Another prime example of that is how the original Reminders experience, which is set to be replaced by Tasks with Assistant integration, had a horrible phone-based UI for years. Interacting by voice was fine, but it’s not clear if the Assistant ever had visual expertise, and it’s better to let existing teams continue that work.
At I/O 2019, when the new Google Assistant that worked on-device was also announced alongside Driving Mode, it seemed that the company wanted Assistant to be another way to control your phone. There are times when that is very helpful, but it will never be the primary interaction method.
Having lived with that next-gen Assistant for a few years now, which has yet to expand beyond Pixel phones, it has not changed the way I navigated my device, which is something Google was pushing on-stage at one point. There’s a touchscreen for a reason and taps will likely be the fastest way of doing things for the foreseeable future (until smart glasses). Another reason could be the lack of buy-in from apps and letting them be controlled by voice.
If anything, the takeaway from on-device Assistant was how that work led to Assistant voice typing on Pixel phones, and how that technology is better applied to focused experiences, like transcription and editing in Gboard.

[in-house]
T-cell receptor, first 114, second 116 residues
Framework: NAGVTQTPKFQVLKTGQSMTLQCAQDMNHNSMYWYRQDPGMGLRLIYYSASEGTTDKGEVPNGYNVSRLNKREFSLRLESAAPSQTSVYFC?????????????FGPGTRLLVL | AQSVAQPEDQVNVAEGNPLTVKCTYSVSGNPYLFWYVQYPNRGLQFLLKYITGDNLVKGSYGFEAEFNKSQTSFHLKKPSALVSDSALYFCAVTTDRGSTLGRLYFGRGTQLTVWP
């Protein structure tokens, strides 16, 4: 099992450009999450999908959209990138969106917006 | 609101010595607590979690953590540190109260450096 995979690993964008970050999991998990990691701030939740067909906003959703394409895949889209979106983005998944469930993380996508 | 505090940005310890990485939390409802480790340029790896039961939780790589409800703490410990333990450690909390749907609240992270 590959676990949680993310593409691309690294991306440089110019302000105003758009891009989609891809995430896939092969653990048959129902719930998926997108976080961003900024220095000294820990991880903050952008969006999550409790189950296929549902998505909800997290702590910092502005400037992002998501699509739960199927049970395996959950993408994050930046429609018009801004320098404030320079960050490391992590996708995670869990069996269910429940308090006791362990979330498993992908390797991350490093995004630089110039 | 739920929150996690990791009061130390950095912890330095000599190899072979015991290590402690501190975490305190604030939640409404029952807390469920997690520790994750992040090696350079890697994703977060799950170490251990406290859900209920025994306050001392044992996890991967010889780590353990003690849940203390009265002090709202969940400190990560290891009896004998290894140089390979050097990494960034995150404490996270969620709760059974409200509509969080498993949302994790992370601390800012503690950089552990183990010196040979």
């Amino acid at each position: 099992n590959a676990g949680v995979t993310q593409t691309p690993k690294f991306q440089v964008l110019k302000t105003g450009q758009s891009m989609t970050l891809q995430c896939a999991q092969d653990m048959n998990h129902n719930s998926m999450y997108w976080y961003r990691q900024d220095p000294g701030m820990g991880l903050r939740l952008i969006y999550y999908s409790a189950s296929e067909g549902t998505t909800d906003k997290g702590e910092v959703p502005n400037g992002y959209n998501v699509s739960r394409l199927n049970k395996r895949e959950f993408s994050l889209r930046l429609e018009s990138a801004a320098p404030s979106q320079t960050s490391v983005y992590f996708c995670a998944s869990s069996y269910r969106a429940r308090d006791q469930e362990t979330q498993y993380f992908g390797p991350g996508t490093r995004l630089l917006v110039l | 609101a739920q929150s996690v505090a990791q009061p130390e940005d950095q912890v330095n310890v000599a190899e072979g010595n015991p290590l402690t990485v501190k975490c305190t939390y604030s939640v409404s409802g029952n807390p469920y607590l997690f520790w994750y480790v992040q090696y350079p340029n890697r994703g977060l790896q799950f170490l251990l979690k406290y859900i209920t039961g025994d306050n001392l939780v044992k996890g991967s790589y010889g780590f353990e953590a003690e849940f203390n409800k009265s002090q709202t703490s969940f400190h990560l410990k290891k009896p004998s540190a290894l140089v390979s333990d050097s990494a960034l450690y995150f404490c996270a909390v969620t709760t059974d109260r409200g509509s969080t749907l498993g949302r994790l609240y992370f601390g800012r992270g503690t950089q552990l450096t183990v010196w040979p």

Where is Assistant going?
Of the Assistant announcements Google made this year, the clear direction is improving the core voice experience. On the Nest Hub Max, you can now invoke the Assistant by just gazing at the Smart Display thanks to the camera-powered Look and Talk, while Quick Phrases let you skip “Hey Google” for pre-selected commands.
At I/O 2022, Google also announced how Assistant in early 2023 will ignore “umm,” natural pauses, and self-corrections as you’re issuing a command. Like with the two new ways to activate Assistant, the goal is to make the experience more natural.
To make this happen, we’re building new, more powerful speech and language models that can understand the nuances of human speech — like when someone is pausing, but not finished speaking. And we’re getting closer to the fluidity of real-time conversation with the Tensor chip, which is custom-engineered to handle on-device machine learning tasks super fast.
Meanwhile, Google is using AI to improve the accuracy of Assistant smart home commands across three areas.
Natural language understanding is what drives Assistant. It’s gotten a great deal better in the past decade or so, and it’s easy to forget those advancements. Of course, that’s because our expectations are ever-growing and it seemed that the original Google Assistant was trying to do the same with its reach. There were of course improvements to the core voice experience as Assistant spread its tendrils across all of Google’s consumer-facing products, but this looks to be the case of trying to do too much, too fast.
Google’s forever challenge is taking R&D from the lab and giving it a good end user experience. Assistant can be at the forefront of that for Google, especially as new form factors arrive. However, trying to replace what works has not worked well, but the company is at least now finally aware of that.